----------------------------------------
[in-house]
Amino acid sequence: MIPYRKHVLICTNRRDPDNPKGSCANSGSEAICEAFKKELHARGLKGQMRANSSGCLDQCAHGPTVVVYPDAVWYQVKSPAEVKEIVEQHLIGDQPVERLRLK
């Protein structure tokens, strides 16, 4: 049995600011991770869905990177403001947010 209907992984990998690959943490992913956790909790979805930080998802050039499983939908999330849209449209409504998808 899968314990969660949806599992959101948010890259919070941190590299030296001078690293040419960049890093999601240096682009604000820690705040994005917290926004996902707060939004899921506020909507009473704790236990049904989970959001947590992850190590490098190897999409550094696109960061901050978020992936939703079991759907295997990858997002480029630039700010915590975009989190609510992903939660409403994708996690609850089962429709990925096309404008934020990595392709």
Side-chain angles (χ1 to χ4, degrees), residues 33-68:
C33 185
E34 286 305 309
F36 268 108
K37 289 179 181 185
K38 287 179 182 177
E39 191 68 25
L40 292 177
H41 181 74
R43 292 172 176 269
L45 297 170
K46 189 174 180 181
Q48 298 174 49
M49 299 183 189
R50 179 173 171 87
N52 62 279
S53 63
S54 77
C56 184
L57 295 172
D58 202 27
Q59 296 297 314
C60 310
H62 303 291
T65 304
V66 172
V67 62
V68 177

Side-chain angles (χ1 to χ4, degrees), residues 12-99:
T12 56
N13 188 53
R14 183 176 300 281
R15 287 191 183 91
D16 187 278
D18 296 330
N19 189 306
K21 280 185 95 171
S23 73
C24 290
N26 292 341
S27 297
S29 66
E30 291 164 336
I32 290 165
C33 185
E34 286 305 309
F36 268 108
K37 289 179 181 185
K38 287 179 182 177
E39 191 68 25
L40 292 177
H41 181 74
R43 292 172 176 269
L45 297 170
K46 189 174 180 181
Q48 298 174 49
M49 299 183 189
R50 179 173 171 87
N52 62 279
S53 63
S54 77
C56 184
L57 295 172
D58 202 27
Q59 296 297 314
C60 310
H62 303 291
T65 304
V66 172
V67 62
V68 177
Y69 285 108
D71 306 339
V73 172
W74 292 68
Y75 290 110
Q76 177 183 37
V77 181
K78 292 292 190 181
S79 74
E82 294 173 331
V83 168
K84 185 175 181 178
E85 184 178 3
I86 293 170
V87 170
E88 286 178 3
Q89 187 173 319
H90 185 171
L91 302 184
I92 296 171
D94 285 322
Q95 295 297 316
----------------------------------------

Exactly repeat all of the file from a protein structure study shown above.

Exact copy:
[in-house]
Amino acid sequence: MIPYRKHVLICTNRRDPDNPKGSCANSGSEAICEAFKKELHARGLKGQMRANSSGCLDQCAHGPTVVVYPDAVWYQVKSPAEVKEIVEQHLIGDQPVERLRLK
């Protein structure tokens, strides 16, 4: 049995600011991770869905990177403001947010 209907992984990998690959943490992913956790909790979805930080998802050039499983939908999330849209449209409504998808 899968314990969660949806599992959101948010890259919070941190590299030296001078690293040419960049890093999601240096682009604000820690705040994005917290926004996902707060939004899921506020909507009473704790236990049904989970959001947590992850190590490098190897999409550094696109960061901050978020992936939703079991759907295997990858997002480029630039700010915590975009989190609510992903939660409403994708996690609850089962429709990925096309404008934020990595392709």
Side-chain angles (χ1 to χ4, degrees), residues 33-68:
C33 185
E34 286 305 309
F36 268 108
K37 289 179 181 185
K38 287 179 182 177
E39 191 68 25
L40 292 177
H41 181 74
R43 292 172 176 269
L45 297 170
K46 189 174 180 181
Q48 298 174 49
M49 299 183 189
R50 179 173 171 87
N52 62 279
S53 63
S54 77
C56 184
L57 295 172
D58 202 27
Q59 296 297 314
C60 310
H62 303 291
T65 304
V66 172
V67 62
V68 177

Side-chain angles (χ1 to χ4, degrees), residues 12-99:
T12 56
N13 188 53
R14 183 176 300 281
R15 287 191 183 91
D16 187 278
D18 296 330
N19 189 306
K21 280 185 95 171
S23 73
C24 290
N26 292 341
S27 297
S29 66
E30 291 164 336
I32 290 165
C33 185
E34 286 305 309
F36 268 108
K37 289 179 181 185
K38 287 179 182 177
E39 191 68 25
L40 292 177
H41 181 74
R43 292 172 176 269
L45 297 170
K46 189 174 180 181
Q48 298 174 49
M49 299 183 189
R50 179 173 171 87
N52 62 279
S53 63
S54 77
C56 184
L57 295 172
D58 202 27
Q59 296 297 314
C60 310
H62 303 291
T65 304
V66 172
V67 62
V68 177
Y69 285 108
D71 306 339
V73 172
W74 292 68
Y75 290 110
Q76 177 183 37
V77 181
K78 292 292 190 181
S79 74
E82 294 173 331
V83 168
K84 185 175 181 178
E85 184 178 3
I86 293 170
V87 170
E88 286 178 3
Q89 187 173 319
H90 185 171
L91 302 184
I92 296 171
D94 285 322
Q95 295 297 316